In the last few years, modern microbiology has helped to establish that more than 99% of probiotic bacteria are anaerobic, a fact that may have been of significance for the therapeutic use of probiotics. In general, aerobic, mostly gram-positive, spore formers and gram-negative cocci dominate the human colonic microbiota. In contrast, obligate anaerobes account for only a small percentage of the total colonic bacterial population. Strains of lactic acid bacteria are the most commonly used probiotics despite many controversial issues about their efficacy as health promoters. The use of selected probiotic organisms that are resistant to gastrointestinal contamination far the most challenging. An important area of research is the capacity of probiotic strains to survive in the low pH environment of the stomach or the high-pressure colonic environment. There are a large number of probiotic products on the market but the products usually are not amenable to scientific evaluation. Most of them are simply blends of isolates and do not conform to the AUA/FDA requirements. Furthermore, these isolates may be pathogenic or may be present in the normal gut flora.
Although maize starch does not affect tolerance to oxidant stress, it does have a definite effect on antioxidant defense systems followed by a reduction in tissue proline content, which is a major cellular osmolyte that contributes to cellular volume. In the light of these findings, the potential effects of starch on antioxidant systems, and physical parameters, are believed to contribute to the well-known health effects of maize consumption.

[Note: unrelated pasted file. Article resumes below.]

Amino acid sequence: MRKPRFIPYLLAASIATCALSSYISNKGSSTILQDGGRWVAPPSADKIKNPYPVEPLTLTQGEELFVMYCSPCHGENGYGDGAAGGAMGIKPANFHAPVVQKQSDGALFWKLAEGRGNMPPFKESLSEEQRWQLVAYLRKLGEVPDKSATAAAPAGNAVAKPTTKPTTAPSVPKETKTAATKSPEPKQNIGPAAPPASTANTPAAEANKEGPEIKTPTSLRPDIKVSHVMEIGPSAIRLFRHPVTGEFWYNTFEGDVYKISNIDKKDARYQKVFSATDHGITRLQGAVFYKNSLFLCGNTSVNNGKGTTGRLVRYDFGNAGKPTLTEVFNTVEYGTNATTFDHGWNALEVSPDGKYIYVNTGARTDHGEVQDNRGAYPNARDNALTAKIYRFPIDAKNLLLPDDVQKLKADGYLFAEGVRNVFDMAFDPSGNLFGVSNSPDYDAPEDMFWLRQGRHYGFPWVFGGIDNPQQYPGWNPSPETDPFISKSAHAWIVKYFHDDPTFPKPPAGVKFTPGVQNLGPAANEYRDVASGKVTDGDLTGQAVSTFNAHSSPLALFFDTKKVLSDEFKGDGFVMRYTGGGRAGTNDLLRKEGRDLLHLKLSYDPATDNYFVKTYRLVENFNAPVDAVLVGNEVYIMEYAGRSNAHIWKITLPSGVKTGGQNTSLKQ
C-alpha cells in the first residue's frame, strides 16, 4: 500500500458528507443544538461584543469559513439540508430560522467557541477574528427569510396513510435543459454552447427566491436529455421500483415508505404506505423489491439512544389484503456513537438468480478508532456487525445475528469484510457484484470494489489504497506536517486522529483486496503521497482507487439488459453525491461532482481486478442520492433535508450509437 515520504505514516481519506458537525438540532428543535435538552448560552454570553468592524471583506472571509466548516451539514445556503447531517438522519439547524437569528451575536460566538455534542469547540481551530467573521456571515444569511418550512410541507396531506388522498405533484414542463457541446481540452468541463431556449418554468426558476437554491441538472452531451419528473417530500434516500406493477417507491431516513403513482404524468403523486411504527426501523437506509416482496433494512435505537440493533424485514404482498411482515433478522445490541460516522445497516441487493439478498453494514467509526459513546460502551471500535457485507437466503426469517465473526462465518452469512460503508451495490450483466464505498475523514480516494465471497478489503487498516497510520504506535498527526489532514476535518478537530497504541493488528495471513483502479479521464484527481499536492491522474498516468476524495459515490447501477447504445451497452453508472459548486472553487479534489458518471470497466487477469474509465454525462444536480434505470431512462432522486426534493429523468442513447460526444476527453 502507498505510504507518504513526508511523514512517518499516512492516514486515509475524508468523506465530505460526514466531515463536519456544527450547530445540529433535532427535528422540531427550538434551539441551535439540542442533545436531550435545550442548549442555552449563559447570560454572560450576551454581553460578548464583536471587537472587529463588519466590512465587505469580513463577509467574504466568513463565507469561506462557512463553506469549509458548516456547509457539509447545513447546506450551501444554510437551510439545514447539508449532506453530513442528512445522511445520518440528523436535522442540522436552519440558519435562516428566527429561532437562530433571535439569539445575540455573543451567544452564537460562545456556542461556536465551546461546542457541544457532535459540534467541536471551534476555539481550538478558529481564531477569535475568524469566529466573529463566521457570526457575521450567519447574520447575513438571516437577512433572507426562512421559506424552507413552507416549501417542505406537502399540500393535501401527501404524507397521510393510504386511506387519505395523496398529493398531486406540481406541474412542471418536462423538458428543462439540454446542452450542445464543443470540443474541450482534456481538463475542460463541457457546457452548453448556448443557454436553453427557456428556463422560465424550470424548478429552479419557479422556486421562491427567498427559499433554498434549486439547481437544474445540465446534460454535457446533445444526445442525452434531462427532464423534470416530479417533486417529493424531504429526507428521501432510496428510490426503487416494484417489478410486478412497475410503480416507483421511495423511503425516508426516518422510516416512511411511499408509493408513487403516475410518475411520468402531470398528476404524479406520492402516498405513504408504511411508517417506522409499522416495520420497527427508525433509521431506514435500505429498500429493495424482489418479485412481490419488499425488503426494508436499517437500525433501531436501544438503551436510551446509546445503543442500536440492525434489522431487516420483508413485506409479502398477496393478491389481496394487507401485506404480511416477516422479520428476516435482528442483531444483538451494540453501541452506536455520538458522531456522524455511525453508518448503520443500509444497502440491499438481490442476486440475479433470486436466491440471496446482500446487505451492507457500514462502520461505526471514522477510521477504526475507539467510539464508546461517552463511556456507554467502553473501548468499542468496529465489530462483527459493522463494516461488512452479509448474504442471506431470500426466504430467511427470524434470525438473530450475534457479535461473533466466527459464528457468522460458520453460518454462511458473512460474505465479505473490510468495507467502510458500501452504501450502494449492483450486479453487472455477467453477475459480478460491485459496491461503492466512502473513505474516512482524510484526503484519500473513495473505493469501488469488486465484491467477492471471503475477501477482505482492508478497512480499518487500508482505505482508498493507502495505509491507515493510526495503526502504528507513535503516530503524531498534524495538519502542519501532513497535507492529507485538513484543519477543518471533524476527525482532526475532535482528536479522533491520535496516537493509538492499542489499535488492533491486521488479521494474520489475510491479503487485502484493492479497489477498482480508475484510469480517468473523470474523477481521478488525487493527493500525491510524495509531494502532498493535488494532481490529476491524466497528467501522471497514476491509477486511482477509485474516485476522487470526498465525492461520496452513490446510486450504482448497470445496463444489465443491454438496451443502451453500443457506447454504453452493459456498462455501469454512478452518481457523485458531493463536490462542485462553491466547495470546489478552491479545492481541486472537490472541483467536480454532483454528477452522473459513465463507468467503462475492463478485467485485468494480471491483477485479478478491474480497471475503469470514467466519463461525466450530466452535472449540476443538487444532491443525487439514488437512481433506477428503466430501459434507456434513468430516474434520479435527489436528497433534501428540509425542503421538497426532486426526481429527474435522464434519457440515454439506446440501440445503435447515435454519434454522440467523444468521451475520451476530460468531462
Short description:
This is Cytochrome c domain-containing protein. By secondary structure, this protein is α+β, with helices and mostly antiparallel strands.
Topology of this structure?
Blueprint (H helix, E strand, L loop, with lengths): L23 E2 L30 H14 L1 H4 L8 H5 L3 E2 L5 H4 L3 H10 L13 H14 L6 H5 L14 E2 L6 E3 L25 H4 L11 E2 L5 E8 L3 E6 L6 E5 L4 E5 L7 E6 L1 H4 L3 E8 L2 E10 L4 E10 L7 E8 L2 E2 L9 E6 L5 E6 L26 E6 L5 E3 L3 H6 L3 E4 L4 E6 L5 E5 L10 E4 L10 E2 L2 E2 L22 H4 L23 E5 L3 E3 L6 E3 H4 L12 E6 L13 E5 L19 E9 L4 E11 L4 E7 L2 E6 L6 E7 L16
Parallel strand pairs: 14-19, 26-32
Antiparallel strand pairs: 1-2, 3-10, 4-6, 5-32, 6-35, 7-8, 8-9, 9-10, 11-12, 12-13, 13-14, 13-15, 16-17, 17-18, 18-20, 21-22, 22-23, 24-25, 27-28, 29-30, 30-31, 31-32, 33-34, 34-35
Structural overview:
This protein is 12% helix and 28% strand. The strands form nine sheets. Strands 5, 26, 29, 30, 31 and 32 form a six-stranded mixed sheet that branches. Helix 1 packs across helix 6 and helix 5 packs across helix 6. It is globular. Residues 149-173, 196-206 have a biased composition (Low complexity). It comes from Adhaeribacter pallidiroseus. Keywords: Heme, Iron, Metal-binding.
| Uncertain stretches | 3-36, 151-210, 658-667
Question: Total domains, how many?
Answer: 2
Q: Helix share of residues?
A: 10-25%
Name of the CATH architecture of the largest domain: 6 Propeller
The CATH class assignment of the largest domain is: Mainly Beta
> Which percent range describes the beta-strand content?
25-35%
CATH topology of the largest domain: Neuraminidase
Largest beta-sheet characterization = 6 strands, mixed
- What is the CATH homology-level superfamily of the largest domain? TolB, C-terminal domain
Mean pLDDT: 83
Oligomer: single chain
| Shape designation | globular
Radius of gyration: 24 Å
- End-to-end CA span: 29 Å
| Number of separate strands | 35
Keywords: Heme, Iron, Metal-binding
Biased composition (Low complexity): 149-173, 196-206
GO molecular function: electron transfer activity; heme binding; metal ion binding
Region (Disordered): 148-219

On the other hand, the complete replacement of group B sugars with group F sugars causes consistent changes in physical properties of the starch substrate. These changes were viewed as being due to the increased proportion of glucose-1,4-beta-D-galactopyranose which weakens the amylose helical structure and alters the mechanical properties of starch. d2c66b5586